Once upon a Nation

Matt Muto is sharing the city’s history through the art of storytelling.

Shar­ing stor­ies: Ta­cony res­id­ent Matt Muto tells his­tor­ic­al tales on Mar­ket Street for the non­profit His­tor­ic Phil­adelphia Inc. ‘Once Upon a Na­tion’ is a col­lec­tion of true stor­ies de­signed to height­en an ap­pre­ci­ation and un­der­stand­ing of Amer­ic­an her­it­age. MARIA POUCH­NIKOVA / TIMES PHOTO

Matt Muto can tell you stor­ies, but his tales aren’t per­son­al re­min­is­cences; they’re little slices of the city’s her­it­age.

“I tell stor­ies that re­late to the his­tory of Phil­adelphia and the birth of the na­tion,” he said in a Ju­ly 18 in­ter­view. “They’re not stor­ies you can find in his­tory books,” and they teach kids and adults about the events that af­fected the na­tion, he ad­ded.

The day be­fore, the Ta­cony res­id­ent was telling those tales at a bench on Mar­ket Street between 2nd and 3rd. He works a few days a week for the non­profit His­tor­ic Phil­adelphia Inc., talk­ing up the city’s his­tory through the art of storytelling. 

A staff his­tor­i­an work­ing with the Na­tion­al Park Ser­vice cre­ated a Once Upon a Na­tion col­lec­tion of true stor­ies de­signed to height­en an ap­pre­ci­ation and un­der­stand­ing of our Amer­ic­an her­it­age. The stor­ies, ac­cord­ing to His­tor­ic Phil­adelphia, in­clude those of slaves, work­ers and ser­vants and fo­cus on justice, re­volu­tion, in­teg­rity, di­versity, in­ven­tion, cre­ativ­ity and risk-tak­ing.

One of Muto’s fa­vor­ite stor­ies is a little-known one about Ben­jamin Frank­lin, per­haps the city’s most fam­ous res­id­ent.

The tale is called “Change of Heart, Change of Mind,” and fo­cuses on a school Frank­lin foun­ded for black and white chil­dren in pre-Re­volu­tion­ary War Phil­adelphia. Some of the chil­dren were free and some were en­slaved, but Frank­lin found they all were learn­ing the same things. This led to change Frank­lin’s opin­ions about slavery, Muto said, and he be­came an act­ive op­pon­ent. The man who had once pos­ted slaves for sale in his Pennsylvania Gaz­ette later be­came pres­id­ent of Pennsylvania’s ab­ol­i­tion­ist so­ci­ety, Muto said.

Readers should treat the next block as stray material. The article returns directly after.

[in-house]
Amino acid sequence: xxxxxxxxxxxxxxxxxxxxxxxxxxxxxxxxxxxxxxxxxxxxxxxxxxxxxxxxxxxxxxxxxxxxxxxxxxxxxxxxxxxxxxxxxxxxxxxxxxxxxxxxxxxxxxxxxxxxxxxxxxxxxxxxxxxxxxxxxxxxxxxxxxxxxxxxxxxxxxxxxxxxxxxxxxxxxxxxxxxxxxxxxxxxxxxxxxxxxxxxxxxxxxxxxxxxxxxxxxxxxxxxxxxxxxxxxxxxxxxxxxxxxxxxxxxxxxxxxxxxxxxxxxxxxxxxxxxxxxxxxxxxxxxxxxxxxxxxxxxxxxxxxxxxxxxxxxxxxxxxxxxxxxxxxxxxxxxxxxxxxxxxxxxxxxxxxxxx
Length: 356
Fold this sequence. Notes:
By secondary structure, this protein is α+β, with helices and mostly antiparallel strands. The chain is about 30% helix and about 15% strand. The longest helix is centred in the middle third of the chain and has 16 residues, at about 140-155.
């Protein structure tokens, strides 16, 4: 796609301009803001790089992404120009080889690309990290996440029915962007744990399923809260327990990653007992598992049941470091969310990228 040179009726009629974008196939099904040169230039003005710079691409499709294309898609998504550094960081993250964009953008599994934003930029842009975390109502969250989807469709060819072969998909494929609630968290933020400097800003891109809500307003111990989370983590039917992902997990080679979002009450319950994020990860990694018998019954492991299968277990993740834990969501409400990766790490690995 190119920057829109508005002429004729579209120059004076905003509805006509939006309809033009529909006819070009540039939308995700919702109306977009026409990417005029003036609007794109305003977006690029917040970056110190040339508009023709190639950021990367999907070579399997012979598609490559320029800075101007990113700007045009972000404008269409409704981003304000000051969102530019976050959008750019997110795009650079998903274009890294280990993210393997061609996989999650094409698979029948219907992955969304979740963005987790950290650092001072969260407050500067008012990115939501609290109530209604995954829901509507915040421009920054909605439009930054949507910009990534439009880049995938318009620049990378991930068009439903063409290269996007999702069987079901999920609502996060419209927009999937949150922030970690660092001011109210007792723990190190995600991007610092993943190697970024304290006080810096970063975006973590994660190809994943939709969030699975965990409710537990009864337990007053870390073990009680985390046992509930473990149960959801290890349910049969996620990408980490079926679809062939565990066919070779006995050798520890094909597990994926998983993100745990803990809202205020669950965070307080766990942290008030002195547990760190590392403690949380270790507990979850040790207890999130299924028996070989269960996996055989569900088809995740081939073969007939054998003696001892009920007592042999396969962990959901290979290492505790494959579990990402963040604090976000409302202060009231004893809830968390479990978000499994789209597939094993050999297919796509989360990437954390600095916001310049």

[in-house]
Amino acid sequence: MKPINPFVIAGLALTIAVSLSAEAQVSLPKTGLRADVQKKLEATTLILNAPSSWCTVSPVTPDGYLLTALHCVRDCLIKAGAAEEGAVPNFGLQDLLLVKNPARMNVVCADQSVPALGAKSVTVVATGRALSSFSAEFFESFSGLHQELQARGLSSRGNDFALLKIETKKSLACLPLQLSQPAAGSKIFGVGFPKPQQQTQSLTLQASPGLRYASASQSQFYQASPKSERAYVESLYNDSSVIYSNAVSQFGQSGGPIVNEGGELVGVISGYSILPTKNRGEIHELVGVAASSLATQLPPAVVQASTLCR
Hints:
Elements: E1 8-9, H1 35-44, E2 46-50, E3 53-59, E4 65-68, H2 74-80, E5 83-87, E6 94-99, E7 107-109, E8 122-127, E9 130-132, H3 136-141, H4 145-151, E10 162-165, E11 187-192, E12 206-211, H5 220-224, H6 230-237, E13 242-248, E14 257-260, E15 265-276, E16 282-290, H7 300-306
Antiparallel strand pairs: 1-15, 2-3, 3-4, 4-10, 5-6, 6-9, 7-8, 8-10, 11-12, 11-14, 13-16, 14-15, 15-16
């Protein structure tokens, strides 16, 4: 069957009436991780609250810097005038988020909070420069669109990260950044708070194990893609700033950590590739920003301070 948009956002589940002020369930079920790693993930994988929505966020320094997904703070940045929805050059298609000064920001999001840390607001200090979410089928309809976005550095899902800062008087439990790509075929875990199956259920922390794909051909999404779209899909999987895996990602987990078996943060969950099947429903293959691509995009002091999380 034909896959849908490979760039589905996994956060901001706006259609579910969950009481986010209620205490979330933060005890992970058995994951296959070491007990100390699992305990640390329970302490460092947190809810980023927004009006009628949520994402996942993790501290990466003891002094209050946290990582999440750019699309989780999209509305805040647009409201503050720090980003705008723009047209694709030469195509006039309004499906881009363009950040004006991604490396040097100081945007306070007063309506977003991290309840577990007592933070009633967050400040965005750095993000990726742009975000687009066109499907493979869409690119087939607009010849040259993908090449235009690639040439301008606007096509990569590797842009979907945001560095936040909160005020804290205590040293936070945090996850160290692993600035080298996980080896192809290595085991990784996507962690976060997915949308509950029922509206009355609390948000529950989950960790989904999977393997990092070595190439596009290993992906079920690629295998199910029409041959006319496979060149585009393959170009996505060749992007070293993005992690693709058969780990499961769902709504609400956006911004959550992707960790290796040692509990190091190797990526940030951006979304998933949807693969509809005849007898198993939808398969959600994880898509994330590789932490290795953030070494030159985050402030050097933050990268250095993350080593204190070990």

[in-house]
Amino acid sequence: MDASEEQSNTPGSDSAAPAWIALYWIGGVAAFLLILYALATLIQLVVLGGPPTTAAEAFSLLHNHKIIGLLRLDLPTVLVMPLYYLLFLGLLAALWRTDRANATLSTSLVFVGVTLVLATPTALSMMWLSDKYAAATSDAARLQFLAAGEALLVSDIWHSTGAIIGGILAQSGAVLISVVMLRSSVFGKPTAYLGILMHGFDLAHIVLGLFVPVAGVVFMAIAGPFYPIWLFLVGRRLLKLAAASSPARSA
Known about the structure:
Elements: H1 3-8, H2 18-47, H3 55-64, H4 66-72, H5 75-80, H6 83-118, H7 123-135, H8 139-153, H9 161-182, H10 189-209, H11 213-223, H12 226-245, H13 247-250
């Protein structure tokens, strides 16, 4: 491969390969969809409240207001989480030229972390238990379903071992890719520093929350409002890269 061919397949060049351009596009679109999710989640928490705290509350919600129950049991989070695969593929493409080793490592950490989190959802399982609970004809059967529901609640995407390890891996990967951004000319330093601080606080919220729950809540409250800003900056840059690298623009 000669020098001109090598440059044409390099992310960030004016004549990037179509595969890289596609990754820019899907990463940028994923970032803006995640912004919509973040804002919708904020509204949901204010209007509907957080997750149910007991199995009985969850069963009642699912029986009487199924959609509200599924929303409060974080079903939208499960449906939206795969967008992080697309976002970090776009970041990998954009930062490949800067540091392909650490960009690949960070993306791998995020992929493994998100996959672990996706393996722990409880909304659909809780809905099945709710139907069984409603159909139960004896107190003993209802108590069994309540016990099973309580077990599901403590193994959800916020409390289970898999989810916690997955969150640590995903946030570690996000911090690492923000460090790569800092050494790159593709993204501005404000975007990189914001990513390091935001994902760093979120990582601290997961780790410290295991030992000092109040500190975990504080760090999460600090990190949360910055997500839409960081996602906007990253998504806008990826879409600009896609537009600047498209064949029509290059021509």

Muto talks about the city’s his­tory to Phil­adelphi­ans as well as tour­ists from all over the coun­try and all over the world, to adults and to chil­dren.

Kids like the funny stor­ies, he said. Stor­ies about Phil­adelphi­an Al­lan McLane are a lot of fun, Muto said.

McLane, a cap­tain in the Con­tin­ent­al Army, was ap­poin­ted by Gen. George Wash­ing­ton to spy on the Brit­ish in Phil­adelphia, which they had oc­cu­pied. 

“He was con­sidered a mas­ter spy,” Muto said. 

The cap­tain was good at hid­ing from the Brit­ish, but McLane so en­joyed rais­ing a little hell, too. He stole the food farm­ers were try­ing to sell to the Brit­ish, and once de­cided to dis­rupt a party the Brit­ish and Loy­al­ists were hold­ing.

Muto at­ten­ded Thomas Holme Ele­ment­ary School, Fath­er Judge High and the School for Cre­at­ive and Per­form­ing Arts be­fore go­ing to Penn State for his­tory and Amer­ic­an stud­ies. He began work­ing for His­tor­ic Phil­adelphia when he was in high school, and was work­ing in mar­ket­ing there after col­lege.

Right now, mar­ket­ing is his oth­er job, so he doesn’t tell stor­ies near the city’s his­tor­ic sites as much as he once did. He’s sort of a swing-shift storyteller, he said. Weekly, he is at Val­ley Forge. In his mar­ket­ing job, he takes people on his­tor­ic tours and pub crawls.

As a storyteller, he said, “I’ve met people from all over the world.”

Many are tour­ists from dif­fer­ent coun­tries and states, but a few seem to be vis­it­ing from dif­fer­ent states of mind.

“We get some vis­it­ors who have been liv­ing on the street, or have drink­ing or drug prob­lems,” Muto said. One young man was car­ry­ing an 8-foot cross that had wheels at­tached to it. “He told me he was do­ing a school pro­ject,” Muto said.

Then there was the time a guy came by and stayed the en­tire day.

“He wanted to tell me his stor­ies,” Muto said. “And his stor­ies were not really fam­ily-ori­ented.” ••

For more in­form­a­tion, vis­it www.his­tor­ic­phil­adelphia.org

You can reach at jloftus@bsmphilly.com.

comments powered by Disqus